Thursday, April 25, 2013

Firefighter OT $221K

Firefighter OT $221K, If you’re looking for a poster boy for the San Francisco Fire Department’s out-of-whack overtime, meet Lt. Gary Altenberg of Station 39 on Portola Avenue.

Thanks largely to staffing shortages that had department management ordering up extra shifts, Altenberg pulled in $221,000 in overtime last year, raising his total paycheck to $363,000..REPORTED.

That’s nearly $50,000 more than what Fire Chief  Joanne Hayes-White made. Frederick Binkley, a paramedic/firefighter at Station 51 in the Presidio, was his closest competition, picking up $191,000 in overtime to bring his pay for the year to $337,204.

Three battalion chiefs came next, earning $113,000 to $124,000 apiece in overtime. That boosted their pay to $316,000 to $332,000 each.

Such payouts are a big reason why the Fire Department has already burned through its $38 million overtime budget with more than two months to go in the fiscal year, and is asking the Board of Supervisors for the OK to spend another $4.1 million.

“It’s insane,” said Tom O’Connor, president of the San Francisco firefighters union.

O’Connor points the finger at chronic understaffing — caused by the department’s failure to fill 400 vacant positions — for requiring some firefighters to put in hundreds of hours of  OT a year.

Hayes-White conceded that it has been “more efficient’’ to pay overtime than hire additional firefighters, but said, “I don’t think it’s sustainable … for someone time after time to accumulate more than 2,000 hours of overtime (a year). And as the fire chief, I don’t support it from a safety perspective or from a mental health perspective.’’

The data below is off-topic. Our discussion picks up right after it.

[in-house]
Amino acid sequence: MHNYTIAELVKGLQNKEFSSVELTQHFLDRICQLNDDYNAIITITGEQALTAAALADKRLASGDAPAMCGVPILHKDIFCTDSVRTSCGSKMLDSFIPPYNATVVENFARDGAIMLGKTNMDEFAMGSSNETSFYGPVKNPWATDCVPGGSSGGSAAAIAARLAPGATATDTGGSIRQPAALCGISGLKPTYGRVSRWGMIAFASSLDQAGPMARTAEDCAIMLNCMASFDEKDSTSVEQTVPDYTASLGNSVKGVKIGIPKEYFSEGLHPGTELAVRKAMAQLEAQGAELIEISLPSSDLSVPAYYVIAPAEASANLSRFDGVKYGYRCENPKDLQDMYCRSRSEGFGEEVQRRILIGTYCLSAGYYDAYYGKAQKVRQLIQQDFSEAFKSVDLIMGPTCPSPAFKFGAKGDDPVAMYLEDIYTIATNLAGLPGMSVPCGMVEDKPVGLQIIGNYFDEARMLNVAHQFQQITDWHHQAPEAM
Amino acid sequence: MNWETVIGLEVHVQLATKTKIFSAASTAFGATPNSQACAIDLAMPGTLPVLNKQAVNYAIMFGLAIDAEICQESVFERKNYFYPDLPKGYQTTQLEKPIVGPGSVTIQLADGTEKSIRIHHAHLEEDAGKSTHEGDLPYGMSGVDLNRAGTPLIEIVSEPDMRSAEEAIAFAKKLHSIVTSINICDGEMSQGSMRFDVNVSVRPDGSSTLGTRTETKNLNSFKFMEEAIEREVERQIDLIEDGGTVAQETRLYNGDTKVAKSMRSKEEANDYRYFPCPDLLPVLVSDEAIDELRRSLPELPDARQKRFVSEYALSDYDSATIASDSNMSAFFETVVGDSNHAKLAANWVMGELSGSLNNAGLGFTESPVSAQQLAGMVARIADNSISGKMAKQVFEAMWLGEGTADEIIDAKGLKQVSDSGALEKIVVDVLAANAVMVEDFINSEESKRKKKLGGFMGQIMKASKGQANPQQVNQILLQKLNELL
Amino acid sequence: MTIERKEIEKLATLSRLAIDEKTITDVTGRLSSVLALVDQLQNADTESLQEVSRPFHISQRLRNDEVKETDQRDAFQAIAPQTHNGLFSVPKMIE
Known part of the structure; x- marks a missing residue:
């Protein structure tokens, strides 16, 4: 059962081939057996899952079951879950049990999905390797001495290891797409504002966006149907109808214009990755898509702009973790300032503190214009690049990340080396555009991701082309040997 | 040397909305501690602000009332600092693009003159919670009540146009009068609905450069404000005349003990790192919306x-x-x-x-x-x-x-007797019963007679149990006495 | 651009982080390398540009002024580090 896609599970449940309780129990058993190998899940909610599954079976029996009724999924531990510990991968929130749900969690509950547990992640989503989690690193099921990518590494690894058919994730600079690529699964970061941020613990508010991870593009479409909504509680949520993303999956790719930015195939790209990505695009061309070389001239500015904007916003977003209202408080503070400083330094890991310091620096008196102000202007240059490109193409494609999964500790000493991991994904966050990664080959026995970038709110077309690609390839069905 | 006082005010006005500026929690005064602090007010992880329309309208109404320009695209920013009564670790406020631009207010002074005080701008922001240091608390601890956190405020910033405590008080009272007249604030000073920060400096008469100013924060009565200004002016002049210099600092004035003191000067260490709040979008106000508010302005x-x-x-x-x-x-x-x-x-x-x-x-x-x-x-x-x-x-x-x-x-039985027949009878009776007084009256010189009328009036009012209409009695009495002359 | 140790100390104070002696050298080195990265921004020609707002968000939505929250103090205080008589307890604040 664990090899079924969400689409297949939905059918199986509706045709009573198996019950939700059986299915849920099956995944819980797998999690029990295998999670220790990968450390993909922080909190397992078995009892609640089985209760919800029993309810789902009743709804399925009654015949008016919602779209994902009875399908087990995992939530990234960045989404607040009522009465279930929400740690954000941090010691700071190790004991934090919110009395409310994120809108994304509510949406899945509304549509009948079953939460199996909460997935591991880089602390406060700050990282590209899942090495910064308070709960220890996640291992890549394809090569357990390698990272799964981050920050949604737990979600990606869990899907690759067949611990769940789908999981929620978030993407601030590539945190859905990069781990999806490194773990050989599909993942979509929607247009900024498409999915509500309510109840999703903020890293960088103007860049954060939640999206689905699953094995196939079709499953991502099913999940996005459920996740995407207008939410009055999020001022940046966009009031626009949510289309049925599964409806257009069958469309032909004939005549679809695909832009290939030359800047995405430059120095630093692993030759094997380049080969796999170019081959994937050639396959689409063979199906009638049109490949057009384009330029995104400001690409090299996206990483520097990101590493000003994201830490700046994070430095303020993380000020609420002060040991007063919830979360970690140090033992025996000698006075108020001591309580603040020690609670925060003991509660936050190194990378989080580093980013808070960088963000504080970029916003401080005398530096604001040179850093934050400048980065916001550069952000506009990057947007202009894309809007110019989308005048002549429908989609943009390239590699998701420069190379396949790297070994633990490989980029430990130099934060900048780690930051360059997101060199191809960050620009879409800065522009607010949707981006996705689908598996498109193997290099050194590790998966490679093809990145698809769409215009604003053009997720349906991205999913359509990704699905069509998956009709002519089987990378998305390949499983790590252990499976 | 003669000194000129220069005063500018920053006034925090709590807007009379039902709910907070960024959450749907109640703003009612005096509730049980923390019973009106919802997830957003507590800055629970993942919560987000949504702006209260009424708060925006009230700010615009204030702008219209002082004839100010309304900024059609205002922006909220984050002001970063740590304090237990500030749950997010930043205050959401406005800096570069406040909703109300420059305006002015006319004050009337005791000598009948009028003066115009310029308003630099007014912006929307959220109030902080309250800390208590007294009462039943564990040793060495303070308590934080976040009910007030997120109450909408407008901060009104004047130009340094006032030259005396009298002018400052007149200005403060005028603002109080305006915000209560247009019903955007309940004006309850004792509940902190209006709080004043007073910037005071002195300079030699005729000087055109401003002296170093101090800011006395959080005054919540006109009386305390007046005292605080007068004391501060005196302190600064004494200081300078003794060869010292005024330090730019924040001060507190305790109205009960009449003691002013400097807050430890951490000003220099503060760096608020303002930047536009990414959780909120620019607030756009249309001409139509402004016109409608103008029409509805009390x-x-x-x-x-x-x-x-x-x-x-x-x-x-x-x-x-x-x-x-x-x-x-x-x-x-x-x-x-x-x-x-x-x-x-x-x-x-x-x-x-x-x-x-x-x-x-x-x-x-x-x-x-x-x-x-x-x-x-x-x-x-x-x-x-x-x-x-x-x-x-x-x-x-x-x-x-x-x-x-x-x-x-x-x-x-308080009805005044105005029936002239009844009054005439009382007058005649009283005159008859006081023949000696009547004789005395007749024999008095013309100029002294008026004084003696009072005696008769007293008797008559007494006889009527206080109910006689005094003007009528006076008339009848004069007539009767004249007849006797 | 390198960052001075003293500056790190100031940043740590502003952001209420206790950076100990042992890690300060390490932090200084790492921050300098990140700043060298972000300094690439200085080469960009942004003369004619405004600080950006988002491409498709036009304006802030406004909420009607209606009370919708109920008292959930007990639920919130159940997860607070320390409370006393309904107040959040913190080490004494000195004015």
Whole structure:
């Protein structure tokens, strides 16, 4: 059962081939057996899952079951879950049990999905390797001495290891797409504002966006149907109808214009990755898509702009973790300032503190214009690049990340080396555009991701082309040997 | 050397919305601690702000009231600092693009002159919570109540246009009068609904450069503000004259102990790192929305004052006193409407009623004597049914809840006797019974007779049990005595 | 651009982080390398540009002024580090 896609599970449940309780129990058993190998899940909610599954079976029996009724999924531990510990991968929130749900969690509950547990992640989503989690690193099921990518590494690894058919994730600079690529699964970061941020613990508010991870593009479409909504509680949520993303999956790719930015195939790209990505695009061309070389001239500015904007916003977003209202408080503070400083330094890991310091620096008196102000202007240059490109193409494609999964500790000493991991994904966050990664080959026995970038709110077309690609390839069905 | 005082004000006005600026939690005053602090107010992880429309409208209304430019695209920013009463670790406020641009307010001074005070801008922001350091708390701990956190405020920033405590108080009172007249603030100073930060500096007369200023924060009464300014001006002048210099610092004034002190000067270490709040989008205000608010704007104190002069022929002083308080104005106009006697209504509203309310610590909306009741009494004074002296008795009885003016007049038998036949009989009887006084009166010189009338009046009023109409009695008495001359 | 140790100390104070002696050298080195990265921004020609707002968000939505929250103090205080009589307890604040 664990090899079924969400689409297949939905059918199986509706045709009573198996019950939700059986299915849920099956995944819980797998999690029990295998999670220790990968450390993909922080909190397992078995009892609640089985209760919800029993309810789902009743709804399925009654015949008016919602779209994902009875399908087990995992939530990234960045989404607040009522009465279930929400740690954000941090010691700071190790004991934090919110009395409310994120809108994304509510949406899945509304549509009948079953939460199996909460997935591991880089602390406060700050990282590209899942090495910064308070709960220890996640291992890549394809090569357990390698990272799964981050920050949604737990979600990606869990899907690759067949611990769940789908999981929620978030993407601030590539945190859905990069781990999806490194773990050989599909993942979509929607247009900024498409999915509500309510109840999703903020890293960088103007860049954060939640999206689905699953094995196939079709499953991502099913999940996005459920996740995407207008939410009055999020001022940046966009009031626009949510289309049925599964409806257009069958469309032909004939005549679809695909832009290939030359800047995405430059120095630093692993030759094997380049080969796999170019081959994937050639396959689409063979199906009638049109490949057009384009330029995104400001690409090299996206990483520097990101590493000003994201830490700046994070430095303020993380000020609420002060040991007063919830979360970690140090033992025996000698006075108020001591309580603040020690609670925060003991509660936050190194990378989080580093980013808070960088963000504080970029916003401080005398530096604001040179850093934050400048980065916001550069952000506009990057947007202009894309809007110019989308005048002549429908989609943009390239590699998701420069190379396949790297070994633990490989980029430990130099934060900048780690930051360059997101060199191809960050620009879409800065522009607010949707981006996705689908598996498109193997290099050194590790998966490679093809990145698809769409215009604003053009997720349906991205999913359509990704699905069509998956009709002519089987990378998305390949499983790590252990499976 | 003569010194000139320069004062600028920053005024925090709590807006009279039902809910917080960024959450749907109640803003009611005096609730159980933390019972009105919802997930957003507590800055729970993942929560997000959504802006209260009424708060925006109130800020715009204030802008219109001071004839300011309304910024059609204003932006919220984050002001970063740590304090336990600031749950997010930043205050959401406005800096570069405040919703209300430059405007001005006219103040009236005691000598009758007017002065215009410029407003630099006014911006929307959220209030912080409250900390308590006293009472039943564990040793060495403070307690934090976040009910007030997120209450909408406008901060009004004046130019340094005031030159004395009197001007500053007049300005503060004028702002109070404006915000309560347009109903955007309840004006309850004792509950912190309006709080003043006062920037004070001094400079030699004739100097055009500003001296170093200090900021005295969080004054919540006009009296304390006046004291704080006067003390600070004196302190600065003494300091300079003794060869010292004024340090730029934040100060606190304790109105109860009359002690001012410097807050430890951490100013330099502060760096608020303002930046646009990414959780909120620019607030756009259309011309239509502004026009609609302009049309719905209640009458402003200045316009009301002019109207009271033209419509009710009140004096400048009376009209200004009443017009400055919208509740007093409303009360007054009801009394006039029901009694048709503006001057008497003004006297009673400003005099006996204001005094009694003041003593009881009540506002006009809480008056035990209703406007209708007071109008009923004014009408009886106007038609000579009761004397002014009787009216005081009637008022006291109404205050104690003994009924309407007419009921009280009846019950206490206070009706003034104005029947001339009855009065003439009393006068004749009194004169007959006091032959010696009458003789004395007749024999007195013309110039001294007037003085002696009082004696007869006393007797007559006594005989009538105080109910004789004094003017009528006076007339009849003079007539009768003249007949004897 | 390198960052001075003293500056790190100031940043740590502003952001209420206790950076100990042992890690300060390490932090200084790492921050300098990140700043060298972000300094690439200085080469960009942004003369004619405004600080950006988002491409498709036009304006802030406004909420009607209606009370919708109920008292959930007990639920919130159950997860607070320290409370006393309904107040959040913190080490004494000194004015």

The department brass has repeatedly pledged to reduce its reliance on OT, however, and little has changed.

It takes some mighty long hours to rack up the bill. Top earner Altenberg, for example, worked the equivalent of about 1½ extra round-the-clock shifts a week.

“It’s mind-boggling,’’ O’Connor said. “You are getting some real important calls — a lot of cases involving congestive heart failure and elderly patients that tend to show up in the early-morning hours — so you are not getting a lot of sleep.’’

 Altenberg’s overtime load last year totaled nearly three times the department’s supposed 633-hour cap, and this year he is actually picking up the pace. He has rung up 2,100 hours for an estimated $265,000 in OT this fiscal year, which doesn’t end until June 30.

 Altenberg, through the union, declined to comment.

 Firefighters are permitted to exceed the overtime cap if they volunteer for shifts that the department needs to fill, sparing others from having to work mandatory overtime.

“The only true way to solve the problem is to get more people in the department,’’ O’Connor said.

In December, Mayor Ed Lee promised to add at least one extra 48-member class of firefighter recruits every year for the next six years, with the goal being to fill many of those 400 vacant positions.

As a result, Hayes-White says said she has imposed a new “hard cap” of 1,100 hours of overtime a year per firefighter — meaning no more extra volunteering to prevent others from being called. That policy took effect April 15.

 As usual, however, the new OT rule isn’t all that ironclad. Firefighters who hit the cap are still subject to mandatory overtime if there are staff shortages.

 In other words, they’re right where they have been. And from what we’re told, Altenberg was among the first to get the call.

For more M&R, including what the guy told a San Francisco store clerk after somebody fired three shots at him

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